The Conundrum of Retail Property Sales



If I told you that retail properties in New York City sold at an average price of $1,142 per square foot in 2014 and, thus far in 2015, that average was $900, a rational person would think that retail assets had lost a significant amount of their value.

However, upon closer inspection, we see that retail properties remain a heavily demanded asset class and the market continues to move in a very positive direction for these properties.

The great thing that retail investors always point to is that retail space is ground-floor space and, generally, they are not making any more land on which to create additional ground-floor retail space. Now, this perspective is somewhat myopic as retail uses have become very viable on second and third floors around the city and rezonings from non-retail to retail uses have effectively created more land than once existed (notwithstanding events like the creation of Battery Park, which actually did create additional land). These changes have added to the potential stock of retail space, albeit in a nominal way. Ground-floor retail space remains in very high demand around the five boroughs and values are continuing to climb, in spite of the statistics quoted in the first paragraph of this column.

Given the tremendous rents achieved on retail spaces per square foot, relative to office or residential rents, property values are much more sensitive to changes in retail rents than any other rent levels when trying to correlate property values to rent levels. In truly prime locations, land values can be as much as $300 higher per buildable square foot due to retail space value versus a site at which retail space cannot be incorporated. And sales in the most prime retail locations can be at thousands of dollars per square foot higher than those at properties just a few blocks away. This last point is one of the keys to understanding how, on average, values per foot are down, but the market is performing better and better each month.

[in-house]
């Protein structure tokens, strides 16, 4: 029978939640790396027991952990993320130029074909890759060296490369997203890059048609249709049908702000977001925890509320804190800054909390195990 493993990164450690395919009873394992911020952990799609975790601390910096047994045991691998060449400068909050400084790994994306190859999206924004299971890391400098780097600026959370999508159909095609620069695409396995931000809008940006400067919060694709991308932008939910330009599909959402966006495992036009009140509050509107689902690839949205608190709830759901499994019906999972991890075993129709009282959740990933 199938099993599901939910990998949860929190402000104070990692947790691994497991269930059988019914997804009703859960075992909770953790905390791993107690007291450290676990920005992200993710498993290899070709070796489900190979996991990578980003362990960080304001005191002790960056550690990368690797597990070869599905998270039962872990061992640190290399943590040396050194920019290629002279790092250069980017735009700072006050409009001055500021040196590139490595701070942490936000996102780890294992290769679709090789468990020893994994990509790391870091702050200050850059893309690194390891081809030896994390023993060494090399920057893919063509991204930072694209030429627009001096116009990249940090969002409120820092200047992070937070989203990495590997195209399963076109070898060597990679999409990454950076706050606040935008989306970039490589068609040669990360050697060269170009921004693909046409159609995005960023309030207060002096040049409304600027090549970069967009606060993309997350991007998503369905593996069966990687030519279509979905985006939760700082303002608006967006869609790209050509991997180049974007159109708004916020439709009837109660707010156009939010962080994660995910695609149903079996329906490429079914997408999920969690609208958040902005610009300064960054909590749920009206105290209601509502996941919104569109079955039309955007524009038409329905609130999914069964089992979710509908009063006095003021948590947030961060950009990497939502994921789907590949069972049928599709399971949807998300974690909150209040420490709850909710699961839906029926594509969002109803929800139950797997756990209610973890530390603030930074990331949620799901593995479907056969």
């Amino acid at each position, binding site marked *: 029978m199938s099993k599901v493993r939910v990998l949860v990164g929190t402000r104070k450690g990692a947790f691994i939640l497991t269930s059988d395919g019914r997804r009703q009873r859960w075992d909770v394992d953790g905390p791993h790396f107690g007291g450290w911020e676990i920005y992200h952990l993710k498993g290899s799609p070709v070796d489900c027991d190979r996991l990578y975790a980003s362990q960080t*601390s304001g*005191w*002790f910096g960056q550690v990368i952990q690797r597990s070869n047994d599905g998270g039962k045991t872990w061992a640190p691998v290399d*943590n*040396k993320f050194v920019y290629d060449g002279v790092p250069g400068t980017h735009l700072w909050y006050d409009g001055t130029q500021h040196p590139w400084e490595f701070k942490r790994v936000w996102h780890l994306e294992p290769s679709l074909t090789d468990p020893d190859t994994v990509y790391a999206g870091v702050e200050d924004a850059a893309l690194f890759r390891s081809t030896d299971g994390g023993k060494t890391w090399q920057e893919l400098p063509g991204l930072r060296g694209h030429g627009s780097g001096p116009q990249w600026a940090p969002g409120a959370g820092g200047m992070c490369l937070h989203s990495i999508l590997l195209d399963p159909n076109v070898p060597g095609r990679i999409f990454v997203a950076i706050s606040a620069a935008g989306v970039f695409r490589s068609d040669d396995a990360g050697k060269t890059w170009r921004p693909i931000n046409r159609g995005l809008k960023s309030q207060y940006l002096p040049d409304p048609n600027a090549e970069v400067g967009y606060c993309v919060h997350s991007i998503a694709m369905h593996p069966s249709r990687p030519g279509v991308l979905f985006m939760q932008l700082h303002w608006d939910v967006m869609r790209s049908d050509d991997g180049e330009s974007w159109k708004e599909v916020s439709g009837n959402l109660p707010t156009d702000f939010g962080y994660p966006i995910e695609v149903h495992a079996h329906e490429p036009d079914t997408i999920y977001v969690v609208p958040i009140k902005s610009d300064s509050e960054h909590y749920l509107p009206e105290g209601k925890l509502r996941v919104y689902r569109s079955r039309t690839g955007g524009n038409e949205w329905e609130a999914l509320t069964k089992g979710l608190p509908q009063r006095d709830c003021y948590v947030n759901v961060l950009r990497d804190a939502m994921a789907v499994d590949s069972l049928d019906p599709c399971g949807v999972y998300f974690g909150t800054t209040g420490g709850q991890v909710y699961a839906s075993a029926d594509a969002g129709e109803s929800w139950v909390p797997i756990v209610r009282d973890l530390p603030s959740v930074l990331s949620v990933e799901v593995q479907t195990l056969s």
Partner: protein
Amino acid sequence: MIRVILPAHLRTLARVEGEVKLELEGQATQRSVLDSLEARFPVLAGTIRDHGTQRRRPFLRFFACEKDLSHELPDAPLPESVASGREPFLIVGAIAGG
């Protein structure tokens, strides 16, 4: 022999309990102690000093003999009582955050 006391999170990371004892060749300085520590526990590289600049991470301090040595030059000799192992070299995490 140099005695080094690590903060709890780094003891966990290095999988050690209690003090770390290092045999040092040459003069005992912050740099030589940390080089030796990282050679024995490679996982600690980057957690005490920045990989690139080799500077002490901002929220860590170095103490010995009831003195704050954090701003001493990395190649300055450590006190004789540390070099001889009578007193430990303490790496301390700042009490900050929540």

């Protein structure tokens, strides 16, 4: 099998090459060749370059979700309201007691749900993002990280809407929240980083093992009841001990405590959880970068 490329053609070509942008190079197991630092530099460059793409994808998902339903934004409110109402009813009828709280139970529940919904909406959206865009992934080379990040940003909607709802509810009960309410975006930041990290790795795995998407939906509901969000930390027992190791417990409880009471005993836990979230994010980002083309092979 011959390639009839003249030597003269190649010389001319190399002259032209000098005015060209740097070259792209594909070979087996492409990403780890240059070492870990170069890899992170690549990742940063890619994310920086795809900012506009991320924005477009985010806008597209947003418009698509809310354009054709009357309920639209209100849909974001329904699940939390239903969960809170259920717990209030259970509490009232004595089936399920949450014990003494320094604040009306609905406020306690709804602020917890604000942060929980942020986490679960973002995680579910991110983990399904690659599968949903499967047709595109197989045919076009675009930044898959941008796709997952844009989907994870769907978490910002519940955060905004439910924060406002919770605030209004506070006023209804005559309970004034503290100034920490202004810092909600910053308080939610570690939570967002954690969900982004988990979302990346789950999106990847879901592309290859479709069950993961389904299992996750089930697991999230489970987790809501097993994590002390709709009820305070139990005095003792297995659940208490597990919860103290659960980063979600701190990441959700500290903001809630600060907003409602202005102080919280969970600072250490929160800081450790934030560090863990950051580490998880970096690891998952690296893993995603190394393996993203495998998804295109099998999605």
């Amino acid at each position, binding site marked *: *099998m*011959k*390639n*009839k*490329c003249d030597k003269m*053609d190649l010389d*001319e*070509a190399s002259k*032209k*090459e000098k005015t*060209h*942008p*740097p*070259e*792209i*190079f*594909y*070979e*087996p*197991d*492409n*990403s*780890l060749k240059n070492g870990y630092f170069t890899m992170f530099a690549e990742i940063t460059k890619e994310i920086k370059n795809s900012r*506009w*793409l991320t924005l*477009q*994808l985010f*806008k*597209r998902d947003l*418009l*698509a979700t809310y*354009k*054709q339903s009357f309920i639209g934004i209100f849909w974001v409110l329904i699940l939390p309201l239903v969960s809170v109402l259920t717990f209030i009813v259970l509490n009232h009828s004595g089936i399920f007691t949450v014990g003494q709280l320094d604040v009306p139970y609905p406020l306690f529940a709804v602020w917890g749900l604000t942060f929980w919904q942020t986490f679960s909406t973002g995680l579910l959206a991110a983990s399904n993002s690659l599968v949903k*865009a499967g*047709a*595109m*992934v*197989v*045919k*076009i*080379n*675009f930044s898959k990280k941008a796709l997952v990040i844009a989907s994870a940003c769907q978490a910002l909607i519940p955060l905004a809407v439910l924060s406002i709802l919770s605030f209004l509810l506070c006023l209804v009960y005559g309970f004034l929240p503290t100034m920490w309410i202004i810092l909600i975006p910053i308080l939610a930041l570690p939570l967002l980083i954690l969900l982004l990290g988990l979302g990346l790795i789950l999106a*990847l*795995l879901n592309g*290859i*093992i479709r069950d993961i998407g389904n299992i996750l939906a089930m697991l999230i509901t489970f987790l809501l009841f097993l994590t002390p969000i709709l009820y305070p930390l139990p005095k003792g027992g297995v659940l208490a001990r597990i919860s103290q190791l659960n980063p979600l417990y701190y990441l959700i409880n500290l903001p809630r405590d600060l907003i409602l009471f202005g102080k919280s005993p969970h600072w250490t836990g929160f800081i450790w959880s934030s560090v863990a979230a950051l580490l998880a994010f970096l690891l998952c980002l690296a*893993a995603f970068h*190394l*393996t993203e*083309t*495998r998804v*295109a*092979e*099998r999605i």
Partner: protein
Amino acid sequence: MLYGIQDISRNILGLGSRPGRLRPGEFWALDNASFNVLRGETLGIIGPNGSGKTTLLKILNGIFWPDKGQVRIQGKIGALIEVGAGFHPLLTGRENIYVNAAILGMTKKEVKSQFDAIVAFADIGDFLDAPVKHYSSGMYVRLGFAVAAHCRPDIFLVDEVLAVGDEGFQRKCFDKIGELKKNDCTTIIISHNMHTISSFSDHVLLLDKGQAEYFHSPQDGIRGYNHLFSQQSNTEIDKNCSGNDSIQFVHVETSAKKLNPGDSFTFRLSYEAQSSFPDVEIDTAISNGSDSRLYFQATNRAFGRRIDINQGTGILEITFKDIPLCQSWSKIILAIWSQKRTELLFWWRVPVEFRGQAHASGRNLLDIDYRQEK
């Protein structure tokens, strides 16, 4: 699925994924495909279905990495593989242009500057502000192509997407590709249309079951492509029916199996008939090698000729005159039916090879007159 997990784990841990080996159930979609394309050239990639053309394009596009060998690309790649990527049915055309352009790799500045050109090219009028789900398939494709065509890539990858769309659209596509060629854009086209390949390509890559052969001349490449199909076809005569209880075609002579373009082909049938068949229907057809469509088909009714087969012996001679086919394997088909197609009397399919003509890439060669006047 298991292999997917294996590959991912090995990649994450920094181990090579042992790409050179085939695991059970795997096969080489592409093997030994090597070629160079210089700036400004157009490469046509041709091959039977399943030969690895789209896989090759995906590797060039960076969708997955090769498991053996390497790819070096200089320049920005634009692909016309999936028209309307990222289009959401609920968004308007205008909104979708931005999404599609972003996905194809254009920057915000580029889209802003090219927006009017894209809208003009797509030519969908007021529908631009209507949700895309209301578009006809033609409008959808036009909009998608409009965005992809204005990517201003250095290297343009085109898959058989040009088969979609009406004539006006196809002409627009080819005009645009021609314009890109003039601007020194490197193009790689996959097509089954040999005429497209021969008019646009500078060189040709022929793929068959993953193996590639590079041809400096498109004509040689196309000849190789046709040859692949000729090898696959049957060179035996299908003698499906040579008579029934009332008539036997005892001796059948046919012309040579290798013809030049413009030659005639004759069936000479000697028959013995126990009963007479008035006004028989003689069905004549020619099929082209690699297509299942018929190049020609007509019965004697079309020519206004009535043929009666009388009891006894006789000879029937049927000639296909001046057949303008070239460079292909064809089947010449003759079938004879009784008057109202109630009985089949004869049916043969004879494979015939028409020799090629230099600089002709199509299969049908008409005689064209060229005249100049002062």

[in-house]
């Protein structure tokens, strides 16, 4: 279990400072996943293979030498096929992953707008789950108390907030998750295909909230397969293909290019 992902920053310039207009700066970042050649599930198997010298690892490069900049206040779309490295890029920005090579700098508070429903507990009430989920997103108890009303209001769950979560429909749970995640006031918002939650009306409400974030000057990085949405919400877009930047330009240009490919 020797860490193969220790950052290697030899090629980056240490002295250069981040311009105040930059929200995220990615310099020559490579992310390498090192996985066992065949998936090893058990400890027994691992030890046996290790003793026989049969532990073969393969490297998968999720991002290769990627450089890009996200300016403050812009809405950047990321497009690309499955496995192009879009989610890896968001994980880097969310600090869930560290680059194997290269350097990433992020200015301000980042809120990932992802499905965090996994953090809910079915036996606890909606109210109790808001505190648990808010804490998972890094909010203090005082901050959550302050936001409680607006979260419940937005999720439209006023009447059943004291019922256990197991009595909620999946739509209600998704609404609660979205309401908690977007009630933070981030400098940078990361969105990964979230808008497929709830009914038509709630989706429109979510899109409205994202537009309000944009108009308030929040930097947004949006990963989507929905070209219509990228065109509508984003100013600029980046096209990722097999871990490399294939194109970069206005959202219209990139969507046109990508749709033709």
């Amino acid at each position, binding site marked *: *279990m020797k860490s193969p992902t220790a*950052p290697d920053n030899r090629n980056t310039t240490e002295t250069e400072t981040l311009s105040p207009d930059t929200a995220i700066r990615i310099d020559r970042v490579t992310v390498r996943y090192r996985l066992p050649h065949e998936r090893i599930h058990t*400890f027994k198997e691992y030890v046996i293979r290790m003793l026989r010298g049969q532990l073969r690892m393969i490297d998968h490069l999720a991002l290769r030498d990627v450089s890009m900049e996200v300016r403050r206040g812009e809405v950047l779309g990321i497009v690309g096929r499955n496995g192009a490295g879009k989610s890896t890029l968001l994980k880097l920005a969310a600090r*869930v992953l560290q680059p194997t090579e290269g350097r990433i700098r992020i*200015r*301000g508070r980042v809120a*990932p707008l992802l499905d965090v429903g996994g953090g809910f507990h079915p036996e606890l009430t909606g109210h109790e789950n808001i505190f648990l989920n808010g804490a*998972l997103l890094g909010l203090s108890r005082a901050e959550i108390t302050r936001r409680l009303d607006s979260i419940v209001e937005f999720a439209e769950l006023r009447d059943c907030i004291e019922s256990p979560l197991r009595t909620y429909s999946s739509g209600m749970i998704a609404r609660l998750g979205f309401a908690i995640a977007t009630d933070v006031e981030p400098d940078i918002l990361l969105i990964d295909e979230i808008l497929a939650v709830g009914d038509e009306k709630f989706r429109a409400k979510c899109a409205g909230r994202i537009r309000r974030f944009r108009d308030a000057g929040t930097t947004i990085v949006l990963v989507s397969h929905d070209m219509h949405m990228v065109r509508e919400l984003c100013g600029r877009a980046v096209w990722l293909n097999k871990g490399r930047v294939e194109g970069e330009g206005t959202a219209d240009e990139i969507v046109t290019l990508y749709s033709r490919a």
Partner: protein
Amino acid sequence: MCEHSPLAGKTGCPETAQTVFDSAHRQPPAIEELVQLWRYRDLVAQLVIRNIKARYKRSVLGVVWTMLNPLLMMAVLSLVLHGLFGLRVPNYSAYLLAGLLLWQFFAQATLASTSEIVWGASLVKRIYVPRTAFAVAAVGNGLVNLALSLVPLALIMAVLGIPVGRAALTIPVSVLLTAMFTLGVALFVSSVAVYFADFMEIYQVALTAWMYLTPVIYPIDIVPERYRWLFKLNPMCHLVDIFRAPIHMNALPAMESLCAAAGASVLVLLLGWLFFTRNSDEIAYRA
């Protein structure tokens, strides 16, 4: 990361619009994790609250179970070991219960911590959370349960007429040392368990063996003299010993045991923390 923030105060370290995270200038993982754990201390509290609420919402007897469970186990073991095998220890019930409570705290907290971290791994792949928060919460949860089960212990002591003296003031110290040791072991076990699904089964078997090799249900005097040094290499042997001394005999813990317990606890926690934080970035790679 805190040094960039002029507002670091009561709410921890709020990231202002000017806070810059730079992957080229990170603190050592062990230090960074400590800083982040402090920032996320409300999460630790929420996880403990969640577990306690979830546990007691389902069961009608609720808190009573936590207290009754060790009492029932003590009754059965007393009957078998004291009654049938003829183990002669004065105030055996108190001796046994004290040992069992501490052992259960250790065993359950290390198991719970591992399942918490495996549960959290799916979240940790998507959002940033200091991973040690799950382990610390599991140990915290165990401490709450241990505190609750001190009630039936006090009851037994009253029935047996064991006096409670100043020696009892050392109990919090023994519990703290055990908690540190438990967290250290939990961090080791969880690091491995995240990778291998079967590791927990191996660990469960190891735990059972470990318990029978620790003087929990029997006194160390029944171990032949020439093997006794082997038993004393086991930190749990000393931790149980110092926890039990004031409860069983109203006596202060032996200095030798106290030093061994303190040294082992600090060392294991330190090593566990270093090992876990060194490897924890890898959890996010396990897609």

If we look at other metrics in the retail property sector, we see that the number of properties sold is on an upward trajectory. In 2014, there were 415 properties sold in the city and currently we are running at a pace of 464 retail properties sold this year, an increase of 12 percent over the prior year. With respect to each of the submarkets, only Brooklyn will not exceed last year’s total. All other submarkets will. Manhattan is up 28 percent, the Bronx is up 45 percent and Northern Manhattan us up 70 percent. This metric is performing very well.

Another key metric is the dollar volume of sales. Here, the numbers are falling short. Through the first half of the year, sales are on pace for about $3.3 billion in sales, 31 percent below last year’s $4.8 billion total. Northern Manhattan and Queens are the only submarkets where the dollar volume is ahead of last year’s pace.

But what about values? Prices per square foot may be down on average, however, capitalization rates are dropping significantly. Thus far in 2015, the average cap rate in the city has been 4.89 percent. This average is 12 percent below the 5.52 percent average last year. The 12 percent compression in cap rates is the largest compression percentage in the market recovered in 2010. Cap rates in Northern Manhattan rose sharply in 2015 to a citywide peak of 6.55 percent. This is the first time in recent memory that the Bronx did not have the highest cap rates. The Bronx registered a 6.43 average cap rate thus far in 2015. Brooklyn registered a 5.73 average cap rate while Queens was at 5.09 percent. Clearly, Manhattan had the lowest cap rates at an average of 3.66 percent thus far in 2015.

The main reason why average prices per square foot are down citywide is because the Manhattan submarket is seeing a tangible drop. In 2014, the average sale occurred at $3,686 per square foot and this year the average has been $2,316. However, in 2014, the number of sales in the most prime locations was much higher than it is today. A few sales at $30,000 or $40,000 per square foot can greatly skew the numbers, which is exactly what happened last year. This year, the value of those properties has risen but, because they haven’t traded hands, the averages are lower. Much lower. 

We expect that there will be some record-breaking sales, on a price-per-square-foot basis, later this year. This should pull the average up, but may not be enough to make the average surpass last year’s average. Demand continues to exert upward pressure on values. Look for this trend to continue as the broader market also continues to surge.




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